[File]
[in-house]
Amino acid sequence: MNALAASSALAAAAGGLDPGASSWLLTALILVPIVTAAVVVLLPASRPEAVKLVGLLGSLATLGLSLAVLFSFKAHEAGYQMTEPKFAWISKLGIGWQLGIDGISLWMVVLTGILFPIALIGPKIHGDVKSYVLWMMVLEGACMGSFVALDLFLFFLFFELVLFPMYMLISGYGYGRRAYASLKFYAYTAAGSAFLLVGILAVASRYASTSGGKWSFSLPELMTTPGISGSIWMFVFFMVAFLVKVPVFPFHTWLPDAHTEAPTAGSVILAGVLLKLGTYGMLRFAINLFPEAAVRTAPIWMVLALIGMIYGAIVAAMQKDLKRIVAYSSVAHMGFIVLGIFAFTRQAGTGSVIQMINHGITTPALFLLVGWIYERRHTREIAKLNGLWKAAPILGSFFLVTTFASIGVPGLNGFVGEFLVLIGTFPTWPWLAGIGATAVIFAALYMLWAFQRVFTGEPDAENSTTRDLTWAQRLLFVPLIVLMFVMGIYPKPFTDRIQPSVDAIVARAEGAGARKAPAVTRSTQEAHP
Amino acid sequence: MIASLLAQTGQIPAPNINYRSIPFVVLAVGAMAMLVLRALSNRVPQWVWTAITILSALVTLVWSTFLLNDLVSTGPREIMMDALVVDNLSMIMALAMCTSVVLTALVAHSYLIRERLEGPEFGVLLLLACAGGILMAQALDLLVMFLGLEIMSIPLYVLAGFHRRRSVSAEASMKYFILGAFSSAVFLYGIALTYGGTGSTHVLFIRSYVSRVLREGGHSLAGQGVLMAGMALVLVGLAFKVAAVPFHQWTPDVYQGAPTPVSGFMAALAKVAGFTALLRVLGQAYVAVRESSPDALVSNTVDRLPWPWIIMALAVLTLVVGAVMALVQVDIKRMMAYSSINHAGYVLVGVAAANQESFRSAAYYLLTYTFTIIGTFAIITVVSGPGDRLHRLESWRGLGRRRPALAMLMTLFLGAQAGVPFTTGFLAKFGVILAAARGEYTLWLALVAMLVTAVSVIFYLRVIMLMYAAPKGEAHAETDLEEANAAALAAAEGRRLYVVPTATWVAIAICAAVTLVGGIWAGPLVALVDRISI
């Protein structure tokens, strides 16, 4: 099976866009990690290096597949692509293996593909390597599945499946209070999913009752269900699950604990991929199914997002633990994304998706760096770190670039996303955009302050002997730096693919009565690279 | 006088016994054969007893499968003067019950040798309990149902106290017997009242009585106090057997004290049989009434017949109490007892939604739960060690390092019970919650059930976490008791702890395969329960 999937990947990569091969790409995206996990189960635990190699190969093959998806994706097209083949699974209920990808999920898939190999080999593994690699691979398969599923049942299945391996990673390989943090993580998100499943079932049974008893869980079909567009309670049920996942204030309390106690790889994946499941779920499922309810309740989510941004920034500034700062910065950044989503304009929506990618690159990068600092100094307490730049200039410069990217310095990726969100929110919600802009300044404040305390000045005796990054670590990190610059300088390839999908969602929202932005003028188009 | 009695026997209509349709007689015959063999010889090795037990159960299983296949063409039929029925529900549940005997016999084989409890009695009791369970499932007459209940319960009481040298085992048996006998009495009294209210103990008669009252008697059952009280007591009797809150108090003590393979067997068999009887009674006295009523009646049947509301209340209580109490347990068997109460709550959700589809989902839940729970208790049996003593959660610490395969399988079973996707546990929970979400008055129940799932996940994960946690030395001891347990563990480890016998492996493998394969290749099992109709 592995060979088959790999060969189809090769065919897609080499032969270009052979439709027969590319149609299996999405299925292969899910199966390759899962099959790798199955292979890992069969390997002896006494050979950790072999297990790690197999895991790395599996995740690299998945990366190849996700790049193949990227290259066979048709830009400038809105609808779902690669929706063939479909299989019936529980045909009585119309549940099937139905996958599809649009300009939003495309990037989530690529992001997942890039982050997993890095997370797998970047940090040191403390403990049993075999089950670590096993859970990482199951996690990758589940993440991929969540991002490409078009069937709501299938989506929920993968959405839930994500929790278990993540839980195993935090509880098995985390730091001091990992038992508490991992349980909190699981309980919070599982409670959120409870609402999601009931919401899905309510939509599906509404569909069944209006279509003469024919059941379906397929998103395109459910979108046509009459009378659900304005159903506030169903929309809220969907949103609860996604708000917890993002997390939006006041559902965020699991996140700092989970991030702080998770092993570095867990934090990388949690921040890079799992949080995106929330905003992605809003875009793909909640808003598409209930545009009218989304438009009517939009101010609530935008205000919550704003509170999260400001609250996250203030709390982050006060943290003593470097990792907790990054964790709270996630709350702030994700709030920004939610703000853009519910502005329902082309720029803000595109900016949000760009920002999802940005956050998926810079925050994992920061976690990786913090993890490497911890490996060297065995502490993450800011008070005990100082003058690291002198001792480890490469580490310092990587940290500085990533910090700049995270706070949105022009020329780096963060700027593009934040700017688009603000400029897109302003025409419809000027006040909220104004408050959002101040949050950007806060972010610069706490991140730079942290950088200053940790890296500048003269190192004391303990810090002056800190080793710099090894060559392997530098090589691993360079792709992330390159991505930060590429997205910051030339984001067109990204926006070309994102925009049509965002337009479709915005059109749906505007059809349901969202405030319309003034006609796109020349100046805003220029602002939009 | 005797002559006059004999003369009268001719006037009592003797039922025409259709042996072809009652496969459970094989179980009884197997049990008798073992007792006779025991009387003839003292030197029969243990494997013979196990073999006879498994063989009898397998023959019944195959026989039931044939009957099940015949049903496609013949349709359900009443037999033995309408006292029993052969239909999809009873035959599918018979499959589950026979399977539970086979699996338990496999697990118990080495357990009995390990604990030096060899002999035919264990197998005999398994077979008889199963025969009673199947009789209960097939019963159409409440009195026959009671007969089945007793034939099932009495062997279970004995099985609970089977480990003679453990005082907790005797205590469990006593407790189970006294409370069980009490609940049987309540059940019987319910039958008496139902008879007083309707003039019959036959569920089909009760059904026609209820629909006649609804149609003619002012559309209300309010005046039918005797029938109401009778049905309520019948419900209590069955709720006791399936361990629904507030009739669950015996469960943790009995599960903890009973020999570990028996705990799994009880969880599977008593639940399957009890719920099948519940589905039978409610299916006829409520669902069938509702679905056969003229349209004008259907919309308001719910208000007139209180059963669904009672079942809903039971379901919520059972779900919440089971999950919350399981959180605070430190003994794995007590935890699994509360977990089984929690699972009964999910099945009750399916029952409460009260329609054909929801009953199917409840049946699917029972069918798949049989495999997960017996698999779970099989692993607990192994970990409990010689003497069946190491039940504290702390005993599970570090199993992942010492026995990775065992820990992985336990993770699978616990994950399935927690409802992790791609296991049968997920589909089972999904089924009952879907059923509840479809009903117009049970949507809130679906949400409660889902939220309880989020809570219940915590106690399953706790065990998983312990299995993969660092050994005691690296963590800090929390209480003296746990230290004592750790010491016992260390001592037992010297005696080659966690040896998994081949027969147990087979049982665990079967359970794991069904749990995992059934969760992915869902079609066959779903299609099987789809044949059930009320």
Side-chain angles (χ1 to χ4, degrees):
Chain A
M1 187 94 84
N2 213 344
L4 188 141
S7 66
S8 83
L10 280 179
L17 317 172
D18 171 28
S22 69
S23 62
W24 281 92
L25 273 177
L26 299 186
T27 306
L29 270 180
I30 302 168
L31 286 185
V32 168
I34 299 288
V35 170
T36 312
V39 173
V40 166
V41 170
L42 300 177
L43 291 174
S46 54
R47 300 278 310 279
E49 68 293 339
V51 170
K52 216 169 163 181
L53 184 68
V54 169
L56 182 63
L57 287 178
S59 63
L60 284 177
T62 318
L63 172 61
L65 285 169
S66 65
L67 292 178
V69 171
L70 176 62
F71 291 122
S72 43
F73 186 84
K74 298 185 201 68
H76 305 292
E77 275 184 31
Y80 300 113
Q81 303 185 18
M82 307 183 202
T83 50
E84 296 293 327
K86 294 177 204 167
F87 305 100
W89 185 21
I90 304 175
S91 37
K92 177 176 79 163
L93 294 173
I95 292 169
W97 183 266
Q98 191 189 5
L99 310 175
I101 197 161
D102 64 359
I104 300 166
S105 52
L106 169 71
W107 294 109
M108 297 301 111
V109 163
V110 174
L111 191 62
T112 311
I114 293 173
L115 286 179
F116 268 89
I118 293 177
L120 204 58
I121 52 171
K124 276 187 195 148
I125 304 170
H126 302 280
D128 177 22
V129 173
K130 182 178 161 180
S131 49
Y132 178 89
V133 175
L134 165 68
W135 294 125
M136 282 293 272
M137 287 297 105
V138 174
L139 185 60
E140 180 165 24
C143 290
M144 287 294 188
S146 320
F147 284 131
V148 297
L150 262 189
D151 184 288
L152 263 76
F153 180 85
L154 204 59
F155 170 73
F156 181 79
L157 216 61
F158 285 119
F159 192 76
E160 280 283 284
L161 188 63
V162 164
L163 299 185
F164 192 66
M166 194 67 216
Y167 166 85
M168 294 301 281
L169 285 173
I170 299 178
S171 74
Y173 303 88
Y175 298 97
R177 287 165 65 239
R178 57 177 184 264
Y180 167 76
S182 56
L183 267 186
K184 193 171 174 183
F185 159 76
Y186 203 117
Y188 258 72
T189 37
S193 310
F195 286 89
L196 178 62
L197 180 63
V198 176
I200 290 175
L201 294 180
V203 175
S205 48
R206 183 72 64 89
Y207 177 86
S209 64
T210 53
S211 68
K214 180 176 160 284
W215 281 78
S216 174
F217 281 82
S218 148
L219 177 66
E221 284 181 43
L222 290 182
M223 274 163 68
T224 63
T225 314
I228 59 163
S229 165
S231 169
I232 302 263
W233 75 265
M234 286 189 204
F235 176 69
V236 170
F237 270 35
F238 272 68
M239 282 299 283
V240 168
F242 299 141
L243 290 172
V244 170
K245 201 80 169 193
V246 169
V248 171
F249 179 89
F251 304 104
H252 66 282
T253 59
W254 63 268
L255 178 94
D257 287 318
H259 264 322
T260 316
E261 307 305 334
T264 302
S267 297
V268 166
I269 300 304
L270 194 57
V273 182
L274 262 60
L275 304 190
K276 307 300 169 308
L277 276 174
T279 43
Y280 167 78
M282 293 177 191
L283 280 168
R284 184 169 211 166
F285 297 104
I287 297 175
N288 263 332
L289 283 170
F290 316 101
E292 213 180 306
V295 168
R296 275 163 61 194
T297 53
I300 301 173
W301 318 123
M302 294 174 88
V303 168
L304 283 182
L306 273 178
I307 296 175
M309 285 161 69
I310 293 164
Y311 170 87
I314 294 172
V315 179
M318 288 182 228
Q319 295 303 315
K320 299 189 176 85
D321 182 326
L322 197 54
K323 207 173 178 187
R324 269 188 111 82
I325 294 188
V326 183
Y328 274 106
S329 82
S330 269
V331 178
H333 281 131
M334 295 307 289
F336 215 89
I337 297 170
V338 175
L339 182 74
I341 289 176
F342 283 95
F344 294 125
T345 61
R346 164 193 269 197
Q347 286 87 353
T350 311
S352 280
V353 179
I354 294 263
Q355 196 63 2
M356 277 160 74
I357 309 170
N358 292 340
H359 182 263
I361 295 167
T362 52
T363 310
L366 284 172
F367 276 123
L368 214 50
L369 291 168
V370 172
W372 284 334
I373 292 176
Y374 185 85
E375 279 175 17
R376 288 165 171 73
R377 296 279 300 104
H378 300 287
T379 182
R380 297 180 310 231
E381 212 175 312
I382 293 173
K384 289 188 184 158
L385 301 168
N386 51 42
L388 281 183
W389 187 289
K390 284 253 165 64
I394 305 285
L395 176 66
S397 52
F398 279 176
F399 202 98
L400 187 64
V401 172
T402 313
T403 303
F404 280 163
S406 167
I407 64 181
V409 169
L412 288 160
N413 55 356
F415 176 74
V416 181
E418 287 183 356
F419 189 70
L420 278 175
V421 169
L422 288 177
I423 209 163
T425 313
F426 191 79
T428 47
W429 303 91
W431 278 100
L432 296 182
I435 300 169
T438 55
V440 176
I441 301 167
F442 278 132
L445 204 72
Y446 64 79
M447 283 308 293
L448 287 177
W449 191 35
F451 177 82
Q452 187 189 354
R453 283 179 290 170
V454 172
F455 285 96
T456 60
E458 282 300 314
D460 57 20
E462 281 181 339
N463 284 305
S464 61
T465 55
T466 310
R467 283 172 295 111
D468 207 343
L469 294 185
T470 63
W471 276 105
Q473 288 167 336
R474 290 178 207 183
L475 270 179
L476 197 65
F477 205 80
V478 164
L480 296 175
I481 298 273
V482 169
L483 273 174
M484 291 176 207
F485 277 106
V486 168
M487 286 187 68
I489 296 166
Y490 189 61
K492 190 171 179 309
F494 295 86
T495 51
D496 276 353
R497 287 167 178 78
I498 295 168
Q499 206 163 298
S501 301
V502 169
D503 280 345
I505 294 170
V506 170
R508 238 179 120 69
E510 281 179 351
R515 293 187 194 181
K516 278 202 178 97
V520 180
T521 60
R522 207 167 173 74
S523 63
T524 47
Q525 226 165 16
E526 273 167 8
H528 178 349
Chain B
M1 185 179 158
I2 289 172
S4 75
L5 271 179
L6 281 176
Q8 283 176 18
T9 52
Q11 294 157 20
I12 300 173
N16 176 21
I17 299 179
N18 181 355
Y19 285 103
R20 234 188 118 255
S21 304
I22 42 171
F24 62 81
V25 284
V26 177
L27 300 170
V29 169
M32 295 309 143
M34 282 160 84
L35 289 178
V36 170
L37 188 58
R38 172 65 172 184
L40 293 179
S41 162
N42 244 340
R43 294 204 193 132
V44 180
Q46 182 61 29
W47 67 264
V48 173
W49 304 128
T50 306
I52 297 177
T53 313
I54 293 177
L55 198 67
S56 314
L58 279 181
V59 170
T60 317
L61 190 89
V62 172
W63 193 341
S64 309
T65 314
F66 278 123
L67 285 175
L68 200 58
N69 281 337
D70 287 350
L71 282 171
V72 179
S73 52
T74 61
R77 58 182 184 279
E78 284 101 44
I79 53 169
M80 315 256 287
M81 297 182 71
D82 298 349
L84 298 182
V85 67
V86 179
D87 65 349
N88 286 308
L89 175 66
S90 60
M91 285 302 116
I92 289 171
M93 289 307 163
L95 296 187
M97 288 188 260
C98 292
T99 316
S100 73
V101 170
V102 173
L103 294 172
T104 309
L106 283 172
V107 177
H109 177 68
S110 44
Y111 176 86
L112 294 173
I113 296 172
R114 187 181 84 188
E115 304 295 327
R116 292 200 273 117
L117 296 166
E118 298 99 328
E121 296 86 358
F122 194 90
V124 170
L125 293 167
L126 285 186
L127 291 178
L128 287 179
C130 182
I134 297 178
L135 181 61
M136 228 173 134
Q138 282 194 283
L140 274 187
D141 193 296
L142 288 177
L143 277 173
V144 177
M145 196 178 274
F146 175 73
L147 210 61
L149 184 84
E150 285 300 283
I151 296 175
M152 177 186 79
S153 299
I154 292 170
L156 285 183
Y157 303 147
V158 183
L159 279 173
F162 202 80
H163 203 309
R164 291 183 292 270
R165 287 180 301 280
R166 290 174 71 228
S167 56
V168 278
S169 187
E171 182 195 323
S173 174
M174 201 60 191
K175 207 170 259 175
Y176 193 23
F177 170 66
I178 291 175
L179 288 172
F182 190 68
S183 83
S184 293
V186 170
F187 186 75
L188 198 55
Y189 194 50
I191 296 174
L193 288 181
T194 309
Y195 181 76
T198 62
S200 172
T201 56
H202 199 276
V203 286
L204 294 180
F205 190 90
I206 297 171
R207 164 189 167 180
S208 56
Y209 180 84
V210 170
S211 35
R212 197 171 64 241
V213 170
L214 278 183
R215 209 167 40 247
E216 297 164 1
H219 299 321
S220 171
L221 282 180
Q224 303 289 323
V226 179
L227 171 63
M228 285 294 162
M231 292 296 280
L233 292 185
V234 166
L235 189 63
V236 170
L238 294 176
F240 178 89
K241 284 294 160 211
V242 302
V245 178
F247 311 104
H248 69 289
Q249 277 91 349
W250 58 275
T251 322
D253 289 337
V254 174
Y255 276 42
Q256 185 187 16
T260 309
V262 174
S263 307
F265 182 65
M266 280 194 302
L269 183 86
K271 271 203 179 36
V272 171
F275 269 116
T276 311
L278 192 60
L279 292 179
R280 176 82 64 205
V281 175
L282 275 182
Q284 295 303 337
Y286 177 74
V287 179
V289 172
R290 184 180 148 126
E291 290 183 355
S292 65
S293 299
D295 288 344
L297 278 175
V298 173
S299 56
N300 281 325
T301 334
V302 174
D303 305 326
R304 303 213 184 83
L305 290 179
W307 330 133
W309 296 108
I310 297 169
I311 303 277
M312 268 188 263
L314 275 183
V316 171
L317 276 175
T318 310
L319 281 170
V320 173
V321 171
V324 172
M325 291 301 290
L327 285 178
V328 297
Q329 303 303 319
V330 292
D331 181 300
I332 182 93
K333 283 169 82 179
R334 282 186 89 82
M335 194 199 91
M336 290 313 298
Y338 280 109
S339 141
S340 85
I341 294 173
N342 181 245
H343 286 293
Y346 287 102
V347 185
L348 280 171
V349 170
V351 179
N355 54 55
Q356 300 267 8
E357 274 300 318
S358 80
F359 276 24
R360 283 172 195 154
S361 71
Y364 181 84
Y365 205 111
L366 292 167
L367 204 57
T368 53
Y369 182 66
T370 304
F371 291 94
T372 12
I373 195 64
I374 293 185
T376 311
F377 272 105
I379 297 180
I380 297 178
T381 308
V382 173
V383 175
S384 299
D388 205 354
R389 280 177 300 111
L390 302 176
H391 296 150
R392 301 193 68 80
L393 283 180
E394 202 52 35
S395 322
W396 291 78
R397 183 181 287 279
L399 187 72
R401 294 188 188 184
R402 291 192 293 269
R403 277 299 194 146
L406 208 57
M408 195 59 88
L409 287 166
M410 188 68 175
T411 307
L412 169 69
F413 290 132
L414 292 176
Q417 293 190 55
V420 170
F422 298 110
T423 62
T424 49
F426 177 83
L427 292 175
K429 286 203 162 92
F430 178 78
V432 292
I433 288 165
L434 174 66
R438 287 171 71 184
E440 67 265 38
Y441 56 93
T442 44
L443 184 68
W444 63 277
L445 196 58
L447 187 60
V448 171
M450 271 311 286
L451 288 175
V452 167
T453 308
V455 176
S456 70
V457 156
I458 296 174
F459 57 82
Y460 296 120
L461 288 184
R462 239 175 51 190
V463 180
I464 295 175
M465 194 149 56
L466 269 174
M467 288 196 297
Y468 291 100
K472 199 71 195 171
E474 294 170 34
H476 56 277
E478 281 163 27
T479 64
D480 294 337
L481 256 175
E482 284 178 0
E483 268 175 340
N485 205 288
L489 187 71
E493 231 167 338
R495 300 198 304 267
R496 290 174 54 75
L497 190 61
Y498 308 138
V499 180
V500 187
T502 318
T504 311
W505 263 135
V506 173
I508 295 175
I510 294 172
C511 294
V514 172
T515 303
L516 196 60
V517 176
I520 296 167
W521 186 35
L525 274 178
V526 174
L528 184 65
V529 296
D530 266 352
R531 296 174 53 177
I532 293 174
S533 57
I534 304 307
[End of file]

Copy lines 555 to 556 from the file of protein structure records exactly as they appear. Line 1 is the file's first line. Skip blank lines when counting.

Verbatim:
S211 35
R212 197 171 64 241